Posted August 4, 2017
When I first entered the world of business ownership, I assumed that keeping wages low was one way to maximize profit — but then again, nothing cheap is truly cheap.
Although I kept up with the required minimum employment standards, it wasn't long before I found myself surrounded by very capable people who felt underpaid and unmotivated. Sales were high, but so were my employee turnover rates. I was spending more and more time hiring and training new staff and scrambling to cover shifts. It's amazing how distant you feel when it seems you're the only one who cares, but also, dare I say, the only one who benefits.
Eventually, I hit an economic crossroad. I had to take some time to re-evaluate where things were going wrong. That's when reality grounded me. I realized my temp staff didn't feel secure, my permanent staff had secondary jobs, few within the workplace had any time to spend with friends and family, and most were struggling to pay their bills.
I hadn't anticipated that my employees would be fatigued from working multiple jobs, and couldn't give me their best. Without a doubt, their problems became an anchor weighing down my business. I needed to change things — and do it quickly.
Today, my wife and I continue to own and operate a small business in Niagara. We champion the entrepreneurial spirit, but strongly encourage the development of good job strategies. Joining business partners through organizations like The Better Way Alliance and Living Wage Ontario, we are committed to creating decent work opportunities and ensuring wages reflect no less than the "basic" realities of day-to-day life.
In exchange, we have a productive workplace in a highly competitive market. I'm proud of our reliable, focused staff and respect their need to know there's shared value in the company's success.
Is that too 2017 of me? In my view, Bill 148, the Fair Workplaces, Better Jobs Act, is simply catching up with reality and I'm confident many working Ontarians would agree. After all, the term 'working poor' is very real and its impact on everyone is measurable. Poverty brings with it a diminished sense of self-worth, puts a chronic (and costly) strain on our health system, and perpetuates a negative cycle through generations.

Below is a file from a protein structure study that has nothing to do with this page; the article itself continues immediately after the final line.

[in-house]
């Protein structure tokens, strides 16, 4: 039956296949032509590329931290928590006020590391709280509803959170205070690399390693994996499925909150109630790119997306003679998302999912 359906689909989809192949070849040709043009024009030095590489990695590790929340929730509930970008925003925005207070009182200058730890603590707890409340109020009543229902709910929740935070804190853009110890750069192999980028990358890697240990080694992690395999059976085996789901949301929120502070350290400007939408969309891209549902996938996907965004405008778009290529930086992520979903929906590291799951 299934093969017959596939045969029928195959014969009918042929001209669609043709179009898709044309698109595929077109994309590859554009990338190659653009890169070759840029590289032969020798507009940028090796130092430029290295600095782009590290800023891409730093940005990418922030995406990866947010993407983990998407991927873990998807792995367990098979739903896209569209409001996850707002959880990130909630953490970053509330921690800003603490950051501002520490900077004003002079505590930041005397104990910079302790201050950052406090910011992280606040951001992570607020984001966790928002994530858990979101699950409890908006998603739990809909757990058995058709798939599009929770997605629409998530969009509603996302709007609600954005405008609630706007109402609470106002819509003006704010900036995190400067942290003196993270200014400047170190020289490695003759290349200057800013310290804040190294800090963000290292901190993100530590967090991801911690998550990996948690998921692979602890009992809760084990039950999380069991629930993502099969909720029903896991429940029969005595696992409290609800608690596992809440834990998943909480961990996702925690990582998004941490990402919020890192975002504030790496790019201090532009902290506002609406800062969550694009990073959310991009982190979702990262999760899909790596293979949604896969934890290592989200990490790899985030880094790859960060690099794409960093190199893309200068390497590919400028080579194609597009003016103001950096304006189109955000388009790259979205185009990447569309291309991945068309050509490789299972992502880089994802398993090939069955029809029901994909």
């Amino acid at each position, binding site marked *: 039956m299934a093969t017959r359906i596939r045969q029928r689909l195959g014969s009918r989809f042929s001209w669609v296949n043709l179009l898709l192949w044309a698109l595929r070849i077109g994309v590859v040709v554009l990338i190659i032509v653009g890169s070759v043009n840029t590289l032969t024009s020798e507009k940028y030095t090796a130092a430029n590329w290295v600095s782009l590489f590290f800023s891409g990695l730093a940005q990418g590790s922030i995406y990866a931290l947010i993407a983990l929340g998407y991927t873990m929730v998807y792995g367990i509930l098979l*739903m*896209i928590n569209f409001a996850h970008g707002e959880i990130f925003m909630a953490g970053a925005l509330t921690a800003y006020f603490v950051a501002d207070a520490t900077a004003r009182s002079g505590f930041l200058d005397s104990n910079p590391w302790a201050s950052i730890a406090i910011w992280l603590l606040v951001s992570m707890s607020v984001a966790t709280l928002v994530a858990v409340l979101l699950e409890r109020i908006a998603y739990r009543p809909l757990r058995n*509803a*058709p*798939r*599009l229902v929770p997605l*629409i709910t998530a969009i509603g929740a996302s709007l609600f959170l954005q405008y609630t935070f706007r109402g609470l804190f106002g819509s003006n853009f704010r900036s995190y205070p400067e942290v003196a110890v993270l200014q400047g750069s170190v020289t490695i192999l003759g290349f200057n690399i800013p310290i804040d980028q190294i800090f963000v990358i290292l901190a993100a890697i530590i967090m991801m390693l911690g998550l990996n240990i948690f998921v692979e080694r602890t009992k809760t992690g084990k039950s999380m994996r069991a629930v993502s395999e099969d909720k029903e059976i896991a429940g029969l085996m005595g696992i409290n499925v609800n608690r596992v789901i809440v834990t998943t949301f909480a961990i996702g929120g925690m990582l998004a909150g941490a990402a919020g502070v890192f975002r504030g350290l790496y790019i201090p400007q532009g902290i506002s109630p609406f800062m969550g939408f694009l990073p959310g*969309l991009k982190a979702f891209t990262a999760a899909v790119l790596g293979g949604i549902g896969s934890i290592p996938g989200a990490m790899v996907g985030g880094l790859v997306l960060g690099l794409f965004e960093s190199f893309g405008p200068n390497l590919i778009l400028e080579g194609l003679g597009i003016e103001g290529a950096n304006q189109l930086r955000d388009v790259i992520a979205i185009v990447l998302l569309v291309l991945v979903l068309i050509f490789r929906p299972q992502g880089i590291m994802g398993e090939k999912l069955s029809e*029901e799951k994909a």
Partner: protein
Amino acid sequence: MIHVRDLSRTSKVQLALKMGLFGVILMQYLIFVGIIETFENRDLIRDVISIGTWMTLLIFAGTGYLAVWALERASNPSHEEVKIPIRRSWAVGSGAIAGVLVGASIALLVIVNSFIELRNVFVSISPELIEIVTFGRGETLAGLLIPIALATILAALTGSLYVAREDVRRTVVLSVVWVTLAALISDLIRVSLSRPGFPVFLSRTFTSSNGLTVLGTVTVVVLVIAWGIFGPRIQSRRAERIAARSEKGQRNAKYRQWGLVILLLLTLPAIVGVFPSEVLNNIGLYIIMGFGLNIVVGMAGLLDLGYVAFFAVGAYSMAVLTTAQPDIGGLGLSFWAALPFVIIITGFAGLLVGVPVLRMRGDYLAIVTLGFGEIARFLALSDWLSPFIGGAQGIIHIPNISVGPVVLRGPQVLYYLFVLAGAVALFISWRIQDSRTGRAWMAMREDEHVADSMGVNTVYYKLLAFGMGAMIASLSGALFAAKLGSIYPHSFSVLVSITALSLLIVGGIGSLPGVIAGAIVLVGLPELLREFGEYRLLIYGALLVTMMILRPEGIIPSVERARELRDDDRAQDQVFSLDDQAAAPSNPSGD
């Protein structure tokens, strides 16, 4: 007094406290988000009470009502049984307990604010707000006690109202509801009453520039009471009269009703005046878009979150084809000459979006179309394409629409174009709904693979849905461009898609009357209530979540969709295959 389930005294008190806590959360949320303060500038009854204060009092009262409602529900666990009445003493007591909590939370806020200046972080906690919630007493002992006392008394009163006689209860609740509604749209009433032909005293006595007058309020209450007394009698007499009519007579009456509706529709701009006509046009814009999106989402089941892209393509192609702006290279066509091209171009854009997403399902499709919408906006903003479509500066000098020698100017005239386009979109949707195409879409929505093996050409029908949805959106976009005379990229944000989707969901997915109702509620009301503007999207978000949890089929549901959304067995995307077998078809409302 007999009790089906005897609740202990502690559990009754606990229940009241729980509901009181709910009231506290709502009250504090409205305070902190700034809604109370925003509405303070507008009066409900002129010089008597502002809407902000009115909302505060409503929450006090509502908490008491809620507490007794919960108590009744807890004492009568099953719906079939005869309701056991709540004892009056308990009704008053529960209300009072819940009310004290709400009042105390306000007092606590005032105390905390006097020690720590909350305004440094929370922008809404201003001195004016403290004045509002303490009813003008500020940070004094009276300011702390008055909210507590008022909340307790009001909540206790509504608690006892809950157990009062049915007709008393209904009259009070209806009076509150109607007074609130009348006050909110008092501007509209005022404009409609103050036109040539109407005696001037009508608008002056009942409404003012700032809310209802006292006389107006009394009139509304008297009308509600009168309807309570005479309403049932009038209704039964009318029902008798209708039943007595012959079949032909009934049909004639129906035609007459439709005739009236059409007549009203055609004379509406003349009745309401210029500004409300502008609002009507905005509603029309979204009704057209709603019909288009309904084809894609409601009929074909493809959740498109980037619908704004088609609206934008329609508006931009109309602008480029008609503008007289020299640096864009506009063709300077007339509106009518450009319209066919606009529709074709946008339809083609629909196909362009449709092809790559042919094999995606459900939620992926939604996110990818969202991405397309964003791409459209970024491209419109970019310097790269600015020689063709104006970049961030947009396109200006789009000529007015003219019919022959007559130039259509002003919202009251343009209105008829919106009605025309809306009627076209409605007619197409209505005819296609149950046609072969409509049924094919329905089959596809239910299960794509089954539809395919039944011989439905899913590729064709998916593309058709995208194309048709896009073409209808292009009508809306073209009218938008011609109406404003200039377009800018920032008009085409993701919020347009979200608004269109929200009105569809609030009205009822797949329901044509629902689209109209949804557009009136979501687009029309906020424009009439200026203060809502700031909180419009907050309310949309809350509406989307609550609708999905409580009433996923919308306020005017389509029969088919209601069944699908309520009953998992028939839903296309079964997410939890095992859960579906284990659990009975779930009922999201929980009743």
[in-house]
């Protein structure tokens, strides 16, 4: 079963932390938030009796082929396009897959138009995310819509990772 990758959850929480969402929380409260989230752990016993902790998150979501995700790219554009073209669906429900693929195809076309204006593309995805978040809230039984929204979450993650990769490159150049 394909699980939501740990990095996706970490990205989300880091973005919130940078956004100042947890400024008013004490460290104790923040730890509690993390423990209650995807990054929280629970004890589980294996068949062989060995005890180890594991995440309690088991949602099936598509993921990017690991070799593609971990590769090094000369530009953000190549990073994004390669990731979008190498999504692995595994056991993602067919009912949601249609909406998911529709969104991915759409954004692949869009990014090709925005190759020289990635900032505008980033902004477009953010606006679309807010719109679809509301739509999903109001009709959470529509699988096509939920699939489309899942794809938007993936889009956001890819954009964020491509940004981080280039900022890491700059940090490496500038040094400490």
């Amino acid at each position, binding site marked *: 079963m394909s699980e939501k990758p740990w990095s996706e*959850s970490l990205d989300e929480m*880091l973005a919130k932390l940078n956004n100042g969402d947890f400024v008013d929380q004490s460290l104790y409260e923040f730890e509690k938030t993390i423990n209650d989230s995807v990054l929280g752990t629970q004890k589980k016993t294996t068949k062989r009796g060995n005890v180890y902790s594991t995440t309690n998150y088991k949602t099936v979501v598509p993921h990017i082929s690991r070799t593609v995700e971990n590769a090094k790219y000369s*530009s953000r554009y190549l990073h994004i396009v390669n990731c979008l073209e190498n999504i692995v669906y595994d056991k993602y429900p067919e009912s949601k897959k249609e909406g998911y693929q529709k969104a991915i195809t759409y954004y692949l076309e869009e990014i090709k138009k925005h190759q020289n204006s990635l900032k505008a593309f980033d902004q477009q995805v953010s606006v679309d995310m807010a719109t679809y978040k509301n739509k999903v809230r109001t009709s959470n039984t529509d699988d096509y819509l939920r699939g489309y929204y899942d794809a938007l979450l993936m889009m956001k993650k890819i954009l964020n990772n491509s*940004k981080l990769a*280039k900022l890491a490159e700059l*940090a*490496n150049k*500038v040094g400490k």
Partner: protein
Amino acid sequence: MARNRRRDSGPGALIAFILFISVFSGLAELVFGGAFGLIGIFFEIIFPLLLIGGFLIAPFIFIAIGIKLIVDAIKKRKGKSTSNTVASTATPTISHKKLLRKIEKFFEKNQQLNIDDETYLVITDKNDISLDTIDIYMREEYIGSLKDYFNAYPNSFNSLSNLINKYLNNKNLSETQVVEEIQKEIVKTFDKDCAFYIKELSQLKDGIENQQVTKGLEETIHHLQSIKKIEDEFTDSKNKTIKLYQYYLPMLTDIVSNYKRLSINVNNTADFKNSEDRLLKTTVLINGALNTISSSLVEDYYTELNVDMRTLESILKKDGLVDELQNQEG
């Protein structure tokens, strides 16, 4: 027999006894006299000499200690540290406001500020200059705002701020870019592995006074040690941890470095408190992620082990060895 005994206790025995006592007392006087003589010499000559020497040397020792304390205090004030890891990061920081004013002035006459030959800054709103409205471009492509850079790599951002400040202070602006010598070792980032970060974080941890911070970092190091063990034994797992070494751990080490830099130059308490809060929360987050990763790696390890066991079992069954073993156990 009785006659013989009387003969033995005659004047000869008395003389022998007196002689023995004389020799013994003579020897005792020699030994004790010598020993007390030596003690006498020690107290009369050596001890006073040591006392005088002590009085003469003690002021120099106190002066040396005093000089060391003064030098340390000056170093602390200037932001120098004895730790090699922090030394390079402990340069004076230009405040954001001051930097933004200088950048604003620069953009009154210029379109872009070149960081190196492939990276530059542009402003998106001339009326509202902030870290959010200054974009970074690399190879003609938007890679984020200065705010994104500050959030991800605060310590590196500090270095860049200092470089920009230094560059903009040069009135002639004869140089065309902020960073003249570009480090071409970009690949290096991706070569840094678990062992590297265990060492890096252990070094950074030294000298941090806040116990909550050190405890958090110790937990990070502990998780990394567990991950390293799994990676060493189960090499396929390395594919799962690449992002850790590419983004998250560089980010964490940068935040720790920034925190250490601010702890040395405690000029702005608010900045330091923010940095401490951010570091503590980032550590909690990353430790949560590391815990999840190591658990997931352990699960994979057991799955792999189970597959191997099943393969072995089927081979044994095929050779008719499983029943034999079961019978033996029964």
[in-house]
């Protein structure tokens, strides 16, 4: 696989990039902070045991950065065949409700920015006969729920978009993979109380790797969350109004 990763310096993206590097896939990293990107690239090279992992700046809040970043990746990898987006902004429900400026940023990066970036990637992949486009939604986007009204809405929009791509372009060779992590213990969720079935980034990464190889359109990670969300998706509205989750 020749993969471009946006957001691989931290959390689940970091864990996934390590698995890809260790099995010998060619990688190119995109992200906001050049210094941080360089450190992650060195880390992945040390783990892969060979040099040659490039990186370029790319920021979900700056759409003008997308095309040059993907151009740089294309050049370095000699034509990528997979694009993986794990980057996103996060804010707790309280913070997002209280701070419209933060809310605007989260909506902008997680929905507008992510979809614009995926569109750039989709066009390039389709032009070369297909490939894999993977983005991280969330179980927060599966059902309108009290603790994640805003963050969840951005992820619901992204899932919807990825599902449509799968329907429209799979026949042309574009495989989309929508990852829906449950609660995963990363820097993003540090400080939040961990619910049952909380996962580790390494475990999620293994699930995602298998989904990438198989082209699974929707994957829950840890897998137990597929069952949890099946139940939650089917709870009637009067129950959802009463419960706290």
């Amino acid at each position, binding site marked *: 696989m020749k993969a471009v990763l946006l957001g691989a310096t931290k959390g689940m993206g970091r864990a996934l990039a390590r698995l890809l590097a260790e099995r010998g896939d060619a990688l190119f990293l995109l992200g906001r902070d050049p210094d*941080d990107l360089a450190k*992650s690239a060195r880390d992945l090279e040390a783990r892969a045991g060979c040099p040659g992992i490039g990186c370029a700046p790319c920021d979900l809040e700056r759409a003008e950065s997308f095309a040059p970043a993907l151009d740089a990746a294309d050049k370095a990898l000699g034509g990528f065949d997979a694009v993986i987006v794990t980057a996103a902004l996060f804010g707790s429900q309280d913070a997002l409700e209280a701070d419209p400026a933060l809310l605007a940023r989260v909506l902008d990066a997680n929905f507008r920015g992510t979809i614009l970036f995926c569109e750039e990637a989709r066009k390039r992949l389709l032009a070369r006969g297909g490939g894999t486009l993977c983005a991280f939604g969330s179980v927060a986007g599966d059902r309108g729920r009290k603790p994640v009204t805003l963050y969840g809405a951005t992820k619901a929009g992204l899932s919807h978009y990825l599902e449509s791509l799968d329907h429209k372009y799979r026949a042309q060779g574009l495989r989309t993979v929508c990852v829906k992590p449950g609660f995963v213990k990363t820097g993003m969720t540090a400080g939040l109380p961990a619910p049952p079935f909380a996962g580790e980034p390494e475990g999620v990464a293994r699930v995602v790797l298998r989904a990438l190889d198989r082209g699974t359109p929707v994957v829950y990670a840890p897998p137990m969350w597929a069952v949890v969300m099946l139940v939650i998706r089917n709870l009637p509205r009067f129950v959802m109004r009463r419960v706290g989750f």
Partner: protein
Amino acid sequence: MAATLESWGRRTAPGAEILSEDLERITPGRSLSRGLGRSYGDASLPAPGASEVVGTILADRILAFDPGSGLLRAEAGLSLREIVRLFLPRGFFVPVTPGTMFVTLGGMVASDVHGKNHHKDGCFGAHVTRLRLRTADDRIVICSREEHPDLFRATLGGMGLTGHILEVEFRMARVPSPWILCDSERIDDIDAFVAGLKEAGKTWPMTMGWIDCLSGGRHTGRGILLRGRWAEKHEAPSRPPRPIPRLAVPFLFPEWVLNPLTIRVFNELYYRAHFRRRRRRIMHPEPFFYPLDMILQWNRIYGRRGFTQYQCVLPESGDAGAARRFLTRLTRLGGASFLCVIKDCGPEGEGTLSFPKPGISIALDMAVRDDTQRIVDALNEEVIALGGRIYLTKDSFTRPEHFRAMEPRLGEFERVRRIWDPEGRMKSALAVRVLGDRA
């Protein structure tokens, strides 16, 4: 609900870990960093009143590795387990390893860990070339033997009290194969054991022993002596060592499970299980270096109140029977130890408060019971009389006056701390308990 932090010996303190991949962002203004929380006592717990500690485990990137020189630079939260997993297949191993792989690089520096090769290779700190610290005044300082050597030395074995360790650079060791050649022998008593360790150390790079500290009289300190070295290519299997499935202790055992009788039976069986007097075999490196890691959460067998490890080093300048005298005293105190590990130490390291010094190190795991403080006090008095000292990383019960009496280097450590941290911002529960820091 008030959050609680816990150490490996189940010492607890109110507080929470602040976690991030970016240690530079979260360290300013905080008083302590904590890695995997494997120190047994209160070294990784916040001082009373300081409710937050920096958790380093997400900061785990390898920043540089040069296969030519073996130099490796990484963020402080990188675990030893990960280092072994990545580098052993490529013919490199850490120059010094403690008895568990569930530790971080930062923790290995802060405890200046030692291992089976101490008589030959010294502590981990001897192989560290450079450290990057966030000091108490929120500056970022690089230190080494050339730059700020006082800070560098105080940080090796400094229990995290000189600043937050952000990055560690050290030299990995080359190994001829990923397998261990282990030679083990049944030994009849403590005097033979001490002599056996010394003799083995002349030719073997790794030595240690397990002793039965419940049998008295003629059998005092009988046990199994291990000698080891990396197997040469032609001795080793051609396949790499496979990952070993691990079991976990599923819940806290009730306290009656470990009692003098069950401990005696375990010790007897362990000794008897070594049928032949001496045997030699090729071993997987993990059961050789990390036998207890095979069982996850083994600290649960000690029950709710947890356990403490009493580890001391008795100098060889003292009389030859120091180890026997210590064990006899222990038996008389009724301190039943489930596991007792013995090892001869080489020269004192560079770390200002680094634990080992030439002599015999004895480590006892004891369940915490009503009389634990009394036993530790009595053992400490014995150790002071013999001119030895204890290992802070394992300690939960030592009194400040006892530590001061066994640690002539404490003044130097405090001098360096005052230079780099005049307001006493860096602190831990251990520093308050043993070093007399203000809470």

With nearly 25 per cent of Ontario's workforce being positively impacted by improved employment standards, I need not implore one's social conscience; just common sense and a few basic mathematics skills should suffice. Heck, you can't truly grow of an economy when a quarter of the workforce has had less and less to spend each year.
Today's debate over minimum wage is predictably cyclical. Historically, we have heard the same arguments ever since we decided to end child labour. I would have hoped by now that decent work and wages would be widely understood as the foundation of a strong economy.
Knee-jerk reactions become highly probable in the face of change, but we all must remember that the laws of supply and demand keep prices in check. Positive stimulus into local economies by working Ontarians who would (have the ability to) spend more in local businesses should give naysayers pause.
Beyond scratching the surface, I feel that Bill 148 is a necessary adjustment to keep the playing fields of our economy fair, strong and healthy. Some will continue to claim this discussion is 'sudden and unexpected,' but those earning $11.40 an hour know it's 'long overdue.'
Those employers who model themselves on minimum standards are continually relying on the government to do the homework for them. Ironically, this bill should be a welcomed piece of legislation. If standards are meant to reflect common societal expectations, then protest coming from those unlikely to be earning less than $15 per hour, screams hypocrisy.
Simply put, it's the government's responsibility to determine and implement current standards. I, for one, encourage them to do so in a timely and effective manner. What would be the point otherwise? By definition, entrepreneurs are innovative and organized. They get ahead of the challenges. They evolve, they don't pack up and run. So, in the spirit of business, let's be innovative, organized, and make our economy work for everyone. Let's not be afraid to raise our expectations.
Damin Starr operates Pre-Line Processing, a manufacturing company in Lincoln, Ont. He lives in Hamilton. A certified Living Wage Employer and a partner of the betterwayalliance.ca, Damin presented on Bill 148 before the Standing Committee on Finance and Economic Affairs in Niagara Falls.
Source: The Hamilton Spectator